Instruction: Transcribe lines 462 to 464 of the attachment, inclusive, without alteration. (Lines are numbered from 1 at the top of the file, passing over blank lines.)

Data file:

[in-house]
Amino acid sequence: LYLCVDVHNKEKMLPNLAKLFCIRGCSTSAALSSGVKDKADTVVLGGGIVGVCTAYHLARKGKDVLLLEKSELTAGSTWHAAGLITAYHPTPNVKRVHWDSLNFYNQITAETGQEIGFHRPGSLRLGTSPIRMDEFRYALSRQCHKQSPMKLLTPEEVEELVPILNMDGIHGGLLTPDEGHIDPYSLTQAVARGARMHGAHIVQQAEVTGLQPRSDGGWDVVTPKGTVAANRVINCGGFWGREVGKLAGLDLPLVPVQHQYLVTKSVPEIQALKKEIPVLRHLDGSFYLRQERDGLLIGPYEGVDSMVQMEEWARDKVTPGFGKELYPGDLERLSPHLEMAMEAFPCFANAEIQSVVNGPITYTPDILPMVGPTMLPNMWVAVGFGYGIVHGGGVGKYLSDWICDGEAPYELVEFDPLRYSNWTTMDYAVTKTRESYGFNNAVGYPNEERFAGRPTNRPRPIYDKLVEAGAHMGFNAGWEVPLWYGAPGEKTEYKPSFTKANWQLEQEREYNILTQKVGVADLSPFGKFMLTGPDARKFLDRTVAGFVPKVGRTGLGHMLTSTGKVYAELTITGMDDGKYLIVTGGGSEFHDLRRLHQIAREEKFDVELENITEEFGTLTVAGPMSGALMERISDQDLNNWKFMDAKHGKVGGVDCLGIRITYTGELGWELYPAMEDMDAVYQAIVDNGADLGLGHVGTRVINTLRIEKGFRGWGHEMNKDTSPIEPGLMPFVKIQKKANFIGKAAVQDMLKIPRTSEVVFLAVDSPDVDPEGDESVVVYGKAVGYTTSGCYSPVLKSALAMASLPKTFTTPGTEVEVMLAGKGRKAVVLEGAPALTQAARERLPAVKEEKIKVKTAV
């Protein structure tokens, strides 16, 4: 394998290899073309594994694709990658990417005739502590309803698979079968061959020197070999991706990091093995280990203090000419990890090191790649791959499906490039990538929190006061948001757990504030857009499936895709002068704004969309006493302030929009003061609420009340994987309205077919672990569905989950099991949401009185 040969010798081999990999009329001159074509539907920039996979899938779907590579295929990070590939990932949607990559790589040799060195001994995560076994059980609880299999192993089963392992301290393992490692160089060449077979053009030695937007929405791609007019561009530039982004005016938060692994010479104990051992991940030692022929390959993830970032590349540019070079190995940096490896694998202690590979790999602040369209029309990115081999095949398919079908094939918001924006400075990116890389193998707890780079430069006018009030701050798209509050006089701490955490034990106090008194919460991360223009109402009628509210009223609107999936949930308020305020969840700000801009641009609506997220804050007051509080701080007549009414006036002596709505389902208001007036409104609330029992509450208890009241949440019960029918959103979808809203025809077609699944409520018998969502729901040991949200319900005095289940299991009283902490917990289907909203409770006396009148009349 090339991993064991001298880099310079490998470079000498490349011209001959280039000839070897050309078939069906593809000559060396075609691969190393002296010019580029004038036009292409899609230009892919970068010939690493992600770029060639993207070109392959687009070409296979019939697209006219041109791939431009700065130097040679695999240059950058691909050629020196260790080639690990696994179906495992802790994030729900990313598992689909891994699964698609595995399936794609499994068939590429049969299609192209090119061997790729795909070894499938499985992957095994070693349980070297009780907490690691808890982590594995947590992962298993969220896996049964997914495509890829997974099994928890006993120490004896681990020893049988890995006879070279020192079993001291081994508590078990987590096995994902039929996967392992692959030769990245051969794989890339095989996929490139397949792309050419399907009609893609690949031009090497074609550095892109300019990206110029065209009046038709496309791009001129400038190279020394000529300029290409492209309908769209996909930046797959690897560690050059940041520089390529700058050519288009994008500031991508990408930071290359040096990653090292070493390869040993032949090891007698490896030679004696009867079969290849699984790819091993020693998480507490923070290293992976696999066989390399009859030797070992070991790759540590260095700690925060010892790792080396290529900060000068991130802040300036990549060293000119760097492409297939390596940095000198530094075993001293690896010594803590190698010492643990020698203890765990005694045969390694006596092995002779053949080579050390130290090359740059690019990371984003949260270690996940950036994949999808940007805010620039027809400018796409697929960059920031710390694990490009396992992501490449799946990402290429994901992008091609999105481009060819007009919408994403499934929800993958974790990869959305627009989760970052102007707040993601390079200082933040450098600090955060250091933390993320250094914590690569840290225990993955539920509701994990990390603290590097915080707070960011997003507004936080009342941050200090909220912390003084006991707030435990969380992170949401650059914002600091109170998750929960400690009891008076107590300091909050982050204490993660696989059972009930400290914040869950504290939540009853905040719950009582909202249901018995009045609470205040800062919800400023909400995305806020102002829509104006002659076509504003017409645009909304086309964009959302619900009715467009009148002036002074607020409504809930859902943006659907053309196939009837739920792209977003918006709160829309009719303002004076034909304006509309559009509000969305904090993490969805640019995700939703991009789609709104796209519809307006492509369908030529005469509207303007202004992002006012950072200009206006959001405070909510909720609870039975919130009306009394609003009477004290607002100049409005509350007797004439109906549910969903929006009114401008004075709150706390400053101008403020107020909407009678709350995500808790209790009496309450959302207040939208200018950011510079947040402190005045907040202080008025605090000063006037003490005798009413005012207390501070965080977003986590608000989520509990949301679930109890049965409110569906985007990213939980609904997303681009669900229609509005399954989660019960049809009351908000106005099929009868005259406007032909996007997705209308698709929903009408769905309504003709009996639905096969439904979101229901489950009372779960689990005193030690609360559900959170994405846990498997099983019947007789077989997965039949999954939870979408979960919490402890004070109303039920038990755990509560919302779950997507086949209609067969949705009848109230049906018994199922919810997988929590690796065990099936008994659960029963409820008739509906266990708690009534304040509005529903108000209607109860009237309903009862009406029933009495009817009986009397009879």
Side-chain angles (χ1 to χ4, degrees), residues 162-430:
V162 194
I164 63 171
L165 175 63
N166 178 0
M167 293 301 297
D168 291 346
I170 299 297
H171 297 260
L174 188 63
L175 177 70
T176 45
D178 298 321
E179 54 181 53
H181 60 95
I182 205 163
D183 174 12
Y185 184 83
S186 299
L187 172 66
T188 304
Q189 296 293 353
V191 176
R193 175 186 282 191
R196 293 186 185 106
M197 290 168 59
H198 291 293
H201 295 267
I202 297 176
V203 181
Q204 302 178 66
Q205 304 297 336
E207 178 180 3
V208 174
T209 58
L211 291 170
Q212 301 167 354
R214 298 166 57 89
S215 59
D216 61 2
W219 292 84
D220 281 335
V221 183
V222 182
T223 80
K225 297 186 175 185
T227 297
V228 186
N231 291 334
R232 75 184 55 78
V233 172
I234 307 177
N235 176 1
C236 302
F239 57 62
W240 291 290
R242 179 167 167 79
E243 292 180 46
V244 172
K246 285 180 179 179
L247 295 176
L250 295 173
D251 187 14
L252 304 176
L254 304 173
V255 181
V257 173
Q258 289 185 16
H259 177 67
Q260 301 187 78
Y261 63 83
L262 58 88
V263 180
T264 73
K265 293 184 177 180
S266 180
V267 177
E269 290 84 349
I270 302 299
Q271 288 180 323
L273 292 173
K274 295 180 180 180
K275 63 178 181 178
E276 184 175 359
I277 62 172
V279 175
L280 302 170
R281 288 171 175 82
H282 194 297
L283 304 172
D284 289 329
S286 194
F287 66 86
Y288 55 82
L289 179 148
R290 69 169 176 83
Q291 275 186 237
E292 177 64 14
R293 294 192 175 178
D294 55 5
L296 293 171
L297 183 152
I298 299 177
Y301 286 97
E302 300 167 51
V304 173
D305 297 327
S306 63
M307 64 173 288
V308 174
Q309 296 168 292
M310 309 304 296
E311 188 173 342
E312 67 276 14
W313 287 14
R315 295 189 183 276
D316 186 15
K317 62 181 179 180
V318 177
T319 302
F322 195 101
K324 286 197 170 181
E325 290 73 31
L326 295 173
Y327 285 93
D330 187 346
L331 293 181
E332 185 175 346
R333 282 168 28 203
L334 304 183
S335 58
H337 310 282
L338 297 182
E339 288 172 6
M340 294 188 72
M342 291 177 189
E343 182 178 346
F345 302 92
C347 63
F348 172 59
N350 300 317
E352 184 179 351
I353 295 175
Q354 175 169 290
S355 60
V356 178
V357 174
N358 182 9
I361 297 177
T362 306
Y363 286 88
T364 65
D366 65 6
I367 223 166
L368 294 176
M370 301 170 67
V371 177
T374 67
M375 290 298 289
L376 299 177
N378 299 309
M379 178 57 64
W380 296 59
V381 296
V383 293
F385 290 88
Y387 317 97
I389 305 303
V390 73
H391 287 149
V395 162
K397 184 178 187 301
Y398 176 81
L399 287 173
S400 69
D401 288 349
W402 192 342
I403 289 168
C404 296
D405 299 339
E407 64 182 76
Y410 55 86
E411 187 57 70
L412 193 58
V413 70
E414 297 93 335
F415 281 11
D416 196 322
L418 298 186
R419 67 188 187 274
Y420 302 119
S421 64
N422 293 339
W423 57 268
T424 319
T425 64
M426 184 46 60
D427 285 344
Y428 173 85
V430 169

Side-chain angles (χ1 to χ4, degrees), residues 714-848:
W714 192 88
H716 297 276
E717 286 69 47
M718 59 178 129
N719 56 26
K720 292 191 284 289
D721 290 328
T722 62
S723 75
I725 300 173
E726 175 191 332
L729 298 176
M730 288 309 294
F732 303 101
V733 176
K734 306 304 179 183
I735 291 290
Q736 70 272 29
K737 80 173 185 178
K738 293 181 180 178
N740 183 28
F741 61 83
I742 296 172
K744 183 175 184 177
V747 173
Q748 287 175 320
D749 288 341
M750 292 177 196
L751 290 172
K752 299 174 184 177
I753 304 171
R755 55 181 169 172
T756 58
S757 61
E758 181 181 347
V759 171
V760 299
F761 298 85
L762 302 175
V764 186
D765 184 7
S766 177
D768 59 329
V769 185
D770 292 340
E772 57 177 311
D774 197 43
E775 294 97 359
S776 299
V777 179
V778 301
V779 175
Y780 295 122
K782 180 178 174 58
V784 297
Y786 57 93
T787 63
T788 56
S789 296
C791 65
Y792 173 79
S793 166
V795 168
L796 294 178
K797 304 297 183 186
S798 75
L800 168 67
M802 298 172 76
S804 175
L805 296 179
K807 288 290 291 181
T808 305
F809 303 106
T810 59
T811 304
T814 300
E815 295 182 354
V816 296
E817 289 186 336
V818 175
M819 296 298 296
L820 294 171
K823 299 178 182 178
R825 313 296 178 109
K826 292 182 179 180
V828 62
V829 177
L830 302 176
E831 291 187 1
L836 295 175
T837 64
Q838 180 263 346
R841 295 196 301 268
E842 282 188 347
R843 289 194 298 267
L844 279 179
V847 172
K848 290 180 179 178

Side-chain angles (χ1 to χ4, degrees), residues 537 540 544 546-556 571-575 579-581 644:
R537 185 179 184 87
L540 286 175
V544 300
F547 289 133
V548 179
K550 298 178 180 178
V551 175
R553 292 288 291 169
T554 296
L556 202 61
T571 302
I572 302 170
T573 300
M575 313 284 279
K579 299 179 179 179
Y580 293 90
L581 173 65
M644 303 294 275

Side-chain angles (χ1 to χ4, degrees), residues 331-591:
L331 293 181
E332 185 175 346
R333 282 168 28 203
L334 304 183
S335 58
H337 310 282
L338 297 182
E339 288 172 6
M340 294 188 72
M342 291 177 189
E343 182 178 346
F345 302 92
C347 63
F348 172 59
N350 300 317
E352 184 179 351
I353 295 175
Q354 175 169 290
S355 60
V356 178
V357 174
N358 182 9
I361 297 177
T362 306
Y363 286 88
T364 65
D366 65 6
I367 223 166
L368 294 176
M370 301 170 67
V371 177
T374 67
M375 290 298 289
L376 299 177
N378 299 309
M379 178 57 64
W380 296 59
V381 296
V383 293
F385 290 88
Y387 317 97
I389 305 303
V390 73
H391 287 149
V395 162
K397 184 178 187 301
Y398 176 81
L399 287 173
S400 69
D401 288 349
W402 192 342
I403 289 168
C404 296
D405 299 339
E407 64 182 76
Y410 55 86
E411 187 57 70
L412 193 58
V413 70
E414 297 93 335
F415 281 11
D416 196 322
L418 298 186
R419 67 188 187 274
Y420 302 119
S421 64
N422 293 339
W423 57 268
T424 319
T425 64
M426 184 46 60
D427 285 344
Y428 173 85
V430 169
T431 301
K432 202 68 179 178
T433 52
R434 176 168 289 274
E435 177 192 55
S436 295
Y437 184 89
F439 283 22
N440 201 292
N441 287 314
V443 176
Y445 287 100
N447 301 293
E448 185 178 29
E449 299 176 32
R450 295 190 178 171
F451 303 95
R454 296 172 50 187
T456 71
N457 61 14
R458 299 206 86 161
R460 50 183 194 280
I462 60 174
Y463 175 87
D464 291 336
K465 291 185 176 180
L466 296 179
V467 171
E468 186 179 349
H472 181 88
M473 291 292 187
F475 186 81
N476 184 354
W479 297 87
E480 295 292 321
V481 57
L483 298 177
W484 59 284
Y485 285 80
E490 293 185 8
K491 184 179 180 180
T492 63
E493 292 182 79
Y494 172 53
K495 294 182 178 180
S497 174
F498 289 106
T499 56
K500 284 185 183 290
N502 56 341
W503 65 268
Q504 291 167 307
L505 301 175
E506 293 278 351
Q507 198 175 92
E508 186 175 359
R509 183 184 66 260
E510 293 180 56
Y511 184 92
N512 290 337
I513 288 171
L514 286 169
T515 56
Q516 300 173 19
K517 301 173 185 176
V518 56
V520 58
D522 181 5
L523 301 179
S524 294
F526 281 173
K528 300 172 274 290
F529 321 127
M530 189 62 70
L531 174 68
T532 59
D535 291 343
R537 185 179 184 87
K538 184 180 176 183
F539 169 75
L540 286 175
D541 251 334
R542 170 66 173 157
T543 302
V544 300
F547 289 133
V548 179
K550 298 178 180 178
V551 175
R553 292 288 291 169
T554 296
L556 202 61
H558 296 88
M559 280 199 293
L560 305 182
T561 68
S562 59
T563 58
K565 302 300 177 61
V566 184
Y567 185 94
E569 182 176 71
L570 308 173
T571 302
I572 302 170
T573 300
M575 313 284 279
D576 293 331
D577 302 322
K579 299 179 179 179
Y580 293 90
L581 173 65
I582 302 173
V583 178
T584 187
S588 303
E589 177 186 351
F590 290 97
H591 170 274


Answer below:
V518 56
V520 58
D522 181 5